Some people find it difficult emotionally to interact with these kids. Initially I had some misgivings too. But as soon as you come face to face with such a child, it is hard not to want to something for them, despite everything. And how often can you put an innocent smile on another human being?
Monday, December 25, 2006
Sunday, December 24, 2006
We played games with them: passing balloons, decorating human Christmas trees, musical chairs, etc. Many of the kids were really not dexterous enough to do some of the actions such as grasping and passing the balloon. Others cannot really comprehend what they were doing and were asked to do. Many could not walk. Some could not even sit up straight. But everyone was caught in the spirit and had great fun. That was obvious from the smiles, laughs and squeals.
I could see that some of our university students were a little apprehensive in the beginning. Except for one or two who had some volunteering experiences before, most did not know how to interact with children with special needs, and were initially just standing there and watching the kids, probably not knowing how to engage them. But soon enough they started to help the kids pass the balloons, lead them through the musical chairs, showed them how to decorate themselves as Christmas trees.
After the party, one of my students thanked me for inviting her to help in the party, and said that the party made her Christmas meaningful. I was thankful to God as well, for letting me be a part of it.
Wednesday, December 13, 2006
Apparently the government thinks that is it neither old enough nor valuable enough to preserve. If we keep tearing down things that are not that old, there will never be anything old enough to preserve, will there? If we keep valuing things by how much cash can be generated from it, there will only be taller and taller high rises in
Green hills and trees don’t generate any cash. Yet someone is willing to pay billions for the land. So let us remove the hill and clear the way for more money making. Some of you want to keep some of the oldest ones? Put a few of them in giant flower pots! Somehow there seems to be a depressing consistency in government thinking.
Great cities are great not just because they are commercially successful. The people of such cities can inevitably point to a collective identity that they can be proud of – a collective identity of history, culture, people, events, and symbols.
In so doing, whatever collective identity that has been built over the years is being killed bit by bit.
Friday, November 24, 2006
Since many government employees enjoy education allowances, and those education allowances are certainly taxpayer money, the same principle should also apply. From now on, government employees should only be allowed to claim education allowances for education of their children at local non-profit schools.
Government employees who send their children to private schools should not be allowed to claim education allowance. And those who send their children to overseas schools certainly should not be allowed to claim education allowances. Why should
Monday, July 31, 2006
Normally the high school students there have a summer break from mid July to end of August, similar to secondary schools in
Even the headmaster of the school we visited said he pitied the students, who “get so tired”! No kidding.
Hong Kong is facing very tough challenges. We have lost our low-cost manufacturing capabilities. Our labor is expensive. Our land is scarce and expensive. Our creative industries are struggling. Our education system is not producing the kind of students needed to compete in the global economy. Our health care system is stretched to the limit. Our environment is suffering.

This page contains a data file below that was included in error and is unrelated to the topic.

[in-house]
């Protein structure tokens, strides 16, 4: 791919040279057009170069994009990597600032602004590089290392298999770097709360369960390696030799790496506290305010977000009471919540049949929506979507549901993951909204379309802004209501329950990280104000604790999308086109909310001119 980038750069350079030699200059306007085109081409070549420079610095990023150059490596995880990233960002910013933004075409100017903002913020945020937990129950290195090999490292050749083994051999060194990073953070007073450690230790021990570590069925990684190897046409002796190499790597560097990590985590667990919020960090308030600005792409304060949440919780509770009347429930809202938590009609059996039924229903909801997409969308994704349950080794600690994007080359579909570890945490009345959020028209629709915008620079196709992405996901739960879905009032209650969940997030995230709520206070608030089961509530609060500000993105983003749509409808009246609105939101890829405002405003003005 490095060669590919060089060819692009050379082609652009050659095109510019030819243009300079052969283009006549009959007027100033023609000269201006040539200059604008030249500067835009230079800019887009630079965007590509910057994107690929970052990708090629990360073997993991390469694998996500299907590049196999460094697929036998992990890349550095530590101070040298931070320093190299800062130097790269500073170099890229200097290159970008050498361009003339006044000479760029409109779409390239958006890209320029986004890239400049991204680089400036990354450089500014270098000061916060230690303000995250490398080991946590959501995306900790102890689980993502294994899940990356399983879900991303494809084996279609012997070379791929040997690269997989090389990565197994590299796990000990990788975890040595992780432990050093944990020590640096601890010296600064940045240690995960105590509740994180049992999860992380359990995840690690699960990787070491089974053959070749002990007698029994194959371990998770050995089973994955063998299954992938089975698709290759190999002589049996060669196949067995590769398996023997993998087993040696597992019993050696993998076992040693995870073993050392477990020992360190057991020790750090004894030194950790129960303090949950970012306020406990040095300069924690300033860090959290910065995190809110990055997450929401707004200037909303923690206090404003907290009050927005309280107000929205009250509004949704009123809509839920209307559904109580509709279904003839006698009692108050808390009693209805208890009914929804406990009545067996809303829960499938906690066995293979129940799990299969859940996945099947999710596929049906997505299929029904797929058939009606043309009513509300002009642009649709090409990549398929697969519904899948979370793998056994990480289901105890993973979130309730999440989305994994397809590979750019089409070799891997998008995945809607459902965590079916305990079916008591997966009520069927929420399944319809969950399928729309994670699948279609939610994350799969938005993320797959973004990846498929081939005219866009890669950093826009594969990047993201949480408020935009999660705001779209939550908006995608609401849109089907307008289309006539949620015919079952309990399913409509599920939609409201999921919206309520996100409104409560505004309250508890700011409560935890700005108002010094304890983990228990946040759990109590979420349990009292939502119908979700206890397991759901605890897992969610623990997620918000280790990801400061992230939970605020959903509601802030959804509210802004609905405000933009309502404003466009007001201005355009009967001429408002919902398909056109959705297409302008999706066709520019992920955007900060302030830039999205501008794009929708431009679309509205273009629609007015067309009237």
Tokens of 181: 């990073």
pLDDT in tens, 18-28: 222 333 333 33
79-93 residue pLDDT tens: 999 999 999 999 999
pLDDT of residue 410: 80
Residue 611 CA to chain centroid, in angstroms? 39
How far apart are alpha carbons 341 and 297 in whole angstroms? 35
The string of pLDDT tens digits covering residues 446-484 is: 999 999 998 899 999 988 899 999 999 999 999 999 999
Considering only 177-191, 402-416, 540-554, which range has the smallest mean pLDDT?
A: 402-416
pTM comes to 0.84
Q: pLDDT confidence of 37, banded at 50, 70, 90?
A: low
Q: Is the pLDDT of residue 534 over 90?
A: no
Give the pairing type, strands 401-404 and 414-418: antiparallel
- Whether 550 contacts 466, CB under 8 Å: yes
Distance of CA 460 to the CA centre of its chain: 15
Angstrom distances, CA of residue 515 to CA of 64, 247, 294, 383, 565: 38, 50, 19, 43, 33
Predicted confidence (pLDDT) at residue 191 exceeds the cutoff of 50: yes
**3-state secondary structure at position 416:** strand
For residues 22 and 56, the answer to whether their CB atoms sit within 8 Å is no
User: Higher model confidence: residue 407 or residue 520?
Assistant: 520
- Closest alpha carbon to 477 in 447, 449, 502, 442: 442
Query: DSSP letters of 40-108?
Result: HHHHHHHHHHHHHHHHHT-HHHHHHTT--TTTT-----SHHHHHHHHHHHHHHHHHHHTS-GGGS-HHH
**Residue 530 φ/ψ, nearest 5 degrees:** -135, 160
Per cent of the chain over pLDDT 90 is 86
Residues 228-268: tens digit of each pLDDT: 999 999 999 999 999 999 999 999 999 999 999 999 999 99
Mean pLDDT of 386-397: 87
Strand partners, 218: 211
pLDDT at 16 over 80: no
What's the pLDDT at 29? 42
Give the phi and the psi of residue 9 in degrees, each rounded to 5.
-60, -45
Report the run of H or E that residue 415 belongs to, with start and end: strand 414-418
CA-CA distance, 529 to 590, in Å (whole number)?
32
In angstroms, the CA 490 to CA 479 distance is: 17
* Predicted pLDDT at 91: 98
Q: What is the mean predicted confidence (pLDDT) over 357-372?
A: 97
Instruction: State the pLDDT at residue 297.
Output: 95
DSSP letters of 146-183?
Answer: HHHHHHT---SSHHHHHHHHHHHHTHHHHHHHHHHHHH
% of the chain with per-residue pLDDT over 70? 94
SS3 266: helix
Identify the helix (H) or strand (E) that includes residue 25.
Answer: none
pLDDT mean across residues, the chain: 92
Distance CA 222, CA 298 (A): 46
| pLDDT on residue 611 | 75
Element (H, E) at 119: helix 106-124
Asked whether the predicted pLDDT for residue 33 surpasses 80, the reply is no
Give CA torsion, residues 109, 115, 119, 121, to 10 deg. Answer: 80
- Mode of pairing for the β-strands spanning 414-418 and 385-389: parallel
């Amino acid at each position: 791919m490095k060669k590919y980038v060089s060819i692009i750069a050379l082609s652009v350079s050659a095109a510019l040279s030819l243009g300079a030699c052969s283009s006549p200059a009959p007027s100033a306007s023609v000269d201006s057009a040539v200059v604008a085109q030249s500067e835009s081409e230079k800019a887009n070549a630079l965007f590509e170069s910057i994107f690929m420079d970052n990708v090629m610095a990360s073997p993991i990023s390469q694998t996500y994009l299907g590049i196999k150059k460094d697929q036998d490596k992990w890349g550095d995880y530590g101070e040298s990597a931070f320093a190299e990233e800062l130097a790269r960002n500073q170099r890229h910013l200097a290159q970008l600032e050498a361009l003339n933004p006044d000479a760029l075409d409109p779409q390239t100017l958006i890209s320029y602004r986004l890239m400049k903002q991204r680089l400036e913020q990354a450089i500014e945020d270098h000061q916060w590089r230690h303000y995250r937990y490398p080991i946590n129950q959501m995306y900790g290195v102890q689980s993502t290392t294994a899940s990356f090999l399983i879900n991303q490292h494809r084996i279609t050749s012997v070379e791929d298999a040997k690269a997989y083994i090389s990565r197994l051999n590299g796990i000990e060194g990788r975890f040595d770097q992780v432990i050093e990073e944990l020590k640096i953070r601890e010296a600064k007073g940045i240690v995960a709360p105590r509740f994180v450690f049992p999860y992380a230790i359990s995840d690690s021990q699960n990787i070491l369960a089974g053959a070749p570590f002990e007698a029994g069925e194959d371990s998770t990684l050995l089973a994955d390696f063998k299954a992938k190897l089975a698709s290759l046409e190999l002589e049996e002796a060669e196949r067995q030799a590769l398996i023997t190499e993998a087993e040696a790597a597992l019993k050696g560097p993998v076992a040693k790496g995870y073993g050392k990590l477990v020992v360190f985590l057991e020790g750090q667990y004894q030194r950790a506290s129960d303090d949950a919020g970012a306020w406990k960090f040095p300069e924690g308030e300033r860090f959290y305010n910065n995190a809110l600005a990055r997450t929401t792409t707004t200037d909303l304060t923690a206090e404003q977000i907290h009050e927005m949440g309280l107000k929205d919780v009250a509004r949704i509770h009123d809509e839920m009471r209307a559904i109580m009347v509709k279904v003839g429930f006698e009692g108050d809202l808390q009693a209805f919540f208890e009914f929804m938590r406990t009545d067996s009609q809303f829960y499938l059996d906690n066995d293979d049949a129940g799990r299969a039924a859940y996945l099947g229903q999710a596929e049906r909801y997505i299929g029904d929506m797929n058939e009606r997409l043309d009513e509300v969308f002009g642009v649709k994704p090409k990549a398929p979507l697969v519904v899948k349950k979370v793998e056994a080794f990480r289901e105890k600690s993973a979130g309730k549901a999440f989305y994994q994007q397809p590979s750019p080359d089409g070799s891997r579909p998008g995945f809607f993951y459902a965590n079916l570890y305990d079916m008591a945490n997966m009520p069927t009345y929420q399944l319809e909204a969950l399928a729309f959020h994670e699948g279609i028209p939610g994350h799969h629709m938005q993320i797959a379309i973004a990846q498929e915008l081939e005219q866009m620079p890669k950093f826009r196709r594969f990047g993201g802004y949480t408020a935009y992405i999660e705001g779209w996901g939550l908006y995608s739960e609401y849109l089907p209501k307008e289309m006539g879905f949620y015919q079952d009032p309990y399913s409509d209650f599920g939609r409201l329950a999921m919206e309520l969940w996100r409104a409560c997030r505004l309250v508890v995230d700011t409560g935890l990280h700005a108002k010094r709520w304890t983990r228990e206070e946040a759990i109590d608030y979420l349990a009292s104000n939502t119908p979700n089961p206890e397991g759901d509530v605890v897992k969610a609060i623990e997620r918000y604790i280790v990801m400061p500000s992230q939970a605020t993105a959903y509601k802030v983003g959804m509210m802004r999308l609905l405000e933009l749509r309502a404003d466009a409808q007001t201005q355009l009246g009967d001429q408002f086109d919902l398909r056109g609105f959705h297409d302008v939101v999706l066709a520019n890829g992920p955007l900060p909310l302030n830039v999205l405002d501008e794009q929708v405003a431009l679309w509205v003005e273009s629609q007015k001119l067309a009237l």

Yet we are erecting ever grander government offices as monuments. I hope that further Jared Diamonds will not lump twenty-first century Hong Kong together with Easter Island, Anasazi, and Maya as societies that use their resources in conspicuous consumption rather than dealing with serious challenges.
Wednesday, July 26, 2006
It is a form of “service learning” that is now increasingly popular in many countries all over the world. In this case, our students learn and practice new computing skills, learn to teach and interact with Chinese students, interact with each other and the church team, spend a week in a city in China which they would not normally visit, and have great fun in the process.
It was hot! Daytime temperature was about 35 degrees Celsius. Even in the air conditioned classrooms, it was 30 degrees. But it was fun. HuangShi is one of the largest cities in
They were curious and eager. They were very interested in knowing about Hong Kong, about other cities in
They were also interested in Christianity. They felt they are free to believe in what they want and some have been to local churches. Many know, to differing degrees, about Christmas, Easter and Jesus. If you wish to know more about this aspect of the trip, send me email.
Our university students behaved admirably. They were fun-loving and energetic, resourceful, disciplined, demonstrated great teamwork among themselves, and mixed well with the church team as well as the local kids. They are students that we, as their teachers, can be proud of.
Wednesday, July 05, 2006
My daughters, like many HongKongers, doubted the usefulness of the march, since the government was not likely to give us universal suffrage anytime soon, if ever. My response is that I should do something if I believe in it strongly enough, even if it seems impossible. If enough people work hard and long enough, the impossible will become possible. If we all wait for the impossible to become possible, they will also remain impossible. Universal suffrage will not solve all our problems, but it is better than what we have presently, and no more than what we deserve.
Eventually our two younger daughters came with me and my wife to Victoria Park before 3 PM. By then more than 2 of the 4 soccer fields were filled. It was really hot. The sun was beating down, everybody was sweating profusely - including many trendily-dressed young people. But all waited patiently, nobody complained. People with umbrellas tried to shade those standing nearby without being asked. There was a quiet camaraderie that was quite moving, and worthy of the hours of sweating and sun-baking by itself.
The first marchers started from Victoria Park at about 3:30PM. Our family started at about 4:15PM and arrived at Central about 6PM. How many people marched? The average between the numbers claimed by the organizers and the police was about 40,000. To me, marching in the crowd, it felt like a lot of people anyway